Eventually, Joseph struck upon a solution. Our passage says: “Joseph, being a righteous man and unwilling to expose her to public disgrace, planned to dismiss her quietly.” That sentence reveals Joseph’s character. He would not expose her to public shame and he would not pressure Mary’s family to compensate him for his humiliation. He would try to scrub Mary and her baby from his mind, move to another town, and carve out a new life.

Having decided on a new course, he could finally enjoy a solid night’s sleep. However, that night, he had a disturbing dream – one powerful enough to overturn his hard fought decision. He dreamt that a messenger from God said what messengers from God often say. “Do not be afraid. Do not be afraid to take Mary as your wife and raise this child. Do not be afraid to do what is right. Do not be afraid to take a risk for God.”

To what degree the story is literal or metaphorical is for each person to decide, but whether it is historical fact, legend, or parable, there are lessons to be gleaned. It is a story of dreams shattered, but then transformed into something great. It is a story of fears being faced and standing resolute rather than running. It is a story in which loyalty and love are put to the test, and the triumph of faithfulness.

Do you know the story of Ioann Burdin? He was a priest in a small village in the middle of nowhere. On Sunday mornings, there were only 12 people in the pews for worship. However, now he’s out of work, because the Russian authorities forced him out of his church.

His crime? Shortly after Russia invaded Ukraine, he voiced his opposition to the war.

It may be that Father Burdin was being prepared for this moment from the time he was in the fourth grade. He had recently become a Christian but, in a Soviet grade school, that was an invitation for bullying. One of his teachers even had him stand in front of the class and then encouraged his classmates to make fun of him. The barrage of taunts could have crushed his ego. But, instead, he garnered strength. He learned to stand steadfast when pressured.

The head of the Russian Orthodox Church is a crony of Vladimir Putin, and he provided spiritual cover for the government to wage this war. This put Father Burdin at odds with his bishop.

Shortly after the invasion of Ukraine, the Russian government criminalized public opposition to the war. It even became illegal to call the war a war.

Last spring on Sunday, March 6th, Father Burdin preached a sermon in which he criticized the war. He said, “We cannot stand on the sidelines while brother kills brother, Christian kills Christian. We cannot close our eyes. The blood of Ukrainians is not only on the hands of the leaders of the Russian federation and the soldiers who carry out their orders. Their blood is on the hands of each of us who approve of this war, or who stood silent.”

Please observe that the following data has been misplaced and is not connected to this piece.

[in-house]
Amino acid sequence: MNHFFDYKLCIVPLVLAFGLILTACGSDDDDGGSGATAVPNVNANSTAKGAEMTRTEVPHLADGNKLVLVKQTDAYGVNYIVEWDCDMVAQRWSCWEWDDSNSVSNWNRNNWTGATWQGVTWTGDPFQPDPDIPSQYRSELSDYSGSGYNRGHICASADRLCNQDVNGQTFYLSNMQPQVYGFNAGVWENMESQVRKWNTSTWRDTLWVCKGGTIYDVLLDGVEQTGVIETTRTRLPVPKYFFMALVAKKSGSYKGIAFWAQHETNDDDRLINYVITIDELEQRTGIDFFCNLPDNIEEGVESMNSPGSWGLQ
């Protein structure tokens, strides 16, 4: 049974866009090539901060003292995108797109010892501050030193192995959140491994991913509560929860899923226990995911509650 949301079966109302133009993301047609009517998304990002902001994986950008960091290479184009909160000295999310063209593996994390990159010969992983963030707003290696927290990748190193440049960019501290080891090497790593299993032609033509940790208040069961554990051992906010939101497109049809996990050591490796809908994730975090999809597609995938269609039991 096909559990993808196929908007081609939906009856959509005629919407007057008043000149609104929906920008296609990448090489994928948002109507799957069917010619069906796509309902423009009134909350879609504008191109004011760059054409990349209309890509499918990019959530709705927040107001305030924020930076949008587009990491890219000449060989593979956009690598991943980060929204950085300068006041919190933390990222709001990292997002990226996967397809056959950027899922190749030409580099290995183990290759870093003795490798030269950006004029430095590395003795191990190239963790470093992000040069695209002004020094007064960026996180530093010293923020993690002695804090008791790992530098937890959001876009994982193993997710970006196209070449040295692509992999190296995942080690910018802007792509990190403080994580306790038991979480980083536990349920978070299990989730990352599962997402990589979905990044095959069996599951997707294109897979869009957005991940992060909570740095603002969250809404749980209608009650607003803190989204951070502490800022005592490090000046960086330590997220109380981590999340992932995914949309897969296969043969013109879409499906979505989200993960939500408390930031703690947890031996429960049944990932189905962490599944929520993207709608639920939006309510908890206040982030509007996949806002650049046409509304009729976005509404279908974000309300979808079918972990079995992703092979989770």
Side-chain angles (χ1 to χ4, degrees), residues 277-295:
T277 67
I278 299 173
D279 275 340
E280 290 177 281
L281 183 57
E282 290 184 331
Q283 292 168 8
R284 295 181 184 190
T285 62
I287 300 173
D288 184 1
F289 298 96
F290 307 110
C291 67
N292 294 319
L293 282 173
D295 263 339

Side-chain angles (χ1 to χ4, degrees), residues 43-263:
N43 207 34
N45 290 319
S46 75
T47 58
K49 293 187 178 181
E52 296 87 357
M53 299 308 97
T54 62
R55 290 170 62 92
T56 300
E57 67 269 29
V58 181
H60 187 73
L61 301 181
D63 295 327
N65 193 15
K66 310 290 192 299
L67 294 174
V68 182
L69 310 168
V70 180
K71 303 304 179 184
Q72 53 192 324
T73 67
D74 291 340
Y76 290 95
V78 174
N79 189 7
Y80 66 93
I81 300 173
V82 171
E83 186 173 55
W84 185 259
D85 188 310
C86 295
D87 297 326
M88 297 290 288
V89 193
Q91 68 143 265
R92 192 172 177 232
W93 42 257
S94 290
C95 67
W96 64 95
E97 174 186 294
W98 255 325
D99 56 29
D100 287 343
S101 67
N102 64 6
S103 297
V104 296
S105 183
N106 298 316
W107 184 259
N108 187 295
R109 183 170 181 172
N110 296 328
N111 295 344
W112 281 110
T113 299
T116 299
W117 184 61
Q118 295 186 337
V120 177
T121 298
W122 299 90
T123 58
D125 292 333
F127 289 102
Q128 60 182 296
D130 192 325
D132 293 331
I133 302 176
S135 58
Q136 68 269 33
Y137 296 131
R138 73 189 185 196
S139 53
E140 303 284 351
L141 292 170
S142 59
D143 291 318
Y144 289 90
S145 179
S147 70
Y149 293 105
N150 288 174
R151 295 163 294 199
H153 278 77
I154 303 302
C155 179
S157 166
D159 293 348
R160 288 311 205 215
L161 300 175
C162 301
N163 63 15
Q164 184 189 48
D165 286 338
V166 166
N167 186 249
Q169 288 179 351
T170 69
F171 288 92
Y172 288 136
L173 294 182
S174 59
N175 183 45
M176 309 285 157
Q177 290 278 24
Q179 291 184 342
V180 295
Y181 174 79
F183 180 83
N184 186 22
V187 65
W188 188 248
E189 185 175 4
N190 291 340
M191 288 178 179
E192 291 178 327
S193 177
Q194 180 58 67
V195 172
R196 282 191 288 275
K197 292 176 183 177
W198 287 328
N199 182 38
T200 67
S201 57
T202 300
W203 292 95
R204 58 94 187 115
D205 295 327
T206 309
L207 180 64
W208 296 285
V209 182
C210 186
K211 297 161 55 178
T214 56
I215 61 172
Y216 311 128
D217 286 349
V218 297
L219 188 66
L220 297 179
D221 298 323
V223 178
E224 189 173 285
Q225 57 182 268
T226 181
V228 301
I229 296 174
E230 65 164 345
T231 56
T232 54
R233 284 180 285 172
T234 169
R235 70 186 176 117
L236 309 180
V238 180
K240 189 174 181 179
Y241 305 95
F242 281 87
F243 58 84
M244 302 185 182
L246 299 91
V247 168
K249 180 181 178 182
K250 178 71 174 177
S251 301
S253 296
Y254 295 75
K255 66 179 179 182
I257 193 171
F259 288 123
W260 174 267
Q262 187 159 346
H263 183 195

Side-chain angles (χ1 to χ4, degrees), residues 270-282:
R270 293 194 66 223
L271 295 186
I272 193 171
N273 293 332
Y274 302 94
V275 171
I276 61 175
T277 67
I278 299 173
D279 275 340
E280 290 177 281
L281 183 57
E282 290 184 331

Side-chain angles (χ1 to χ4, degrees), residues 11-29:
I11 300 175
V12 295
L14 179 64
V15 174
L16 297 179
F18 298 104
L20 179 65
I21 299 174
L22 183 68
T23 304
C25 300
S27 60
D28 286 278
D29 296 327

Two hours after delivering his sermon to his humble congregation, he received a phone call from the police. They ordered him to come to the station where he was interrogated for several hours.

During the questioning, Father Burdin said that he did not try to change the officer’s political opinions. Rather, he said “he was aiming at the light that exists inside every human being. Even the worst people carry it.”

A few days after the interrogation, he stood trial on charges of violating the new censorship law. The government called on some of his parishioners to testify against him. You have to love their responses. One said she was almost deaf, and had a terrible memory. Two others said, “We were just praying. We didn’t hear anything.”

Of course, none of that really mattered. The outcome was predetermined. He was found guilty of discrediting the Russian armed forces. Though he dodged going to prison, he was fined the equivalent of one month’s salary. And the authorities warned him that if he did it again, he might be looking at several years in prison.

Father Burdin is out of a job and will not likely find another parish in Russia. So, did the state win?

Definitely not. First, he stood by his Christian principles. He was true to his commitment to Christ. And, second, his anti-war message that initially reached only a handful of congregants has now been published in papers around the world, and has reached millions. The Putin regime’s attempt to suppress his message resulted in amplifying it.

Father Burdin says, “All people have such moments in their lives when they have to make a choice. This is the question that God asks: Who are you? Then you have to answer this question with your words and your actions. You show who you really are. If you keep silent, that is your answer to God. If you approve, that is your answer to God. If you disapprove, that is your answer to God.”1

Father Burdin’s story strikes me as similar to Joseph’s story. There are moments in each of our lives when we have a choice between doing what is easy and doing what is right. And when the pressure mounts for us to drop our principles, may we hear a messenger of God whispering to our conscience: Do not be afraid to do what is right.



  1. Gary Shteyngart, “Putin vs. the Priest: A Big Story about a Small Sermon,” The New York Times, December 7, 2022.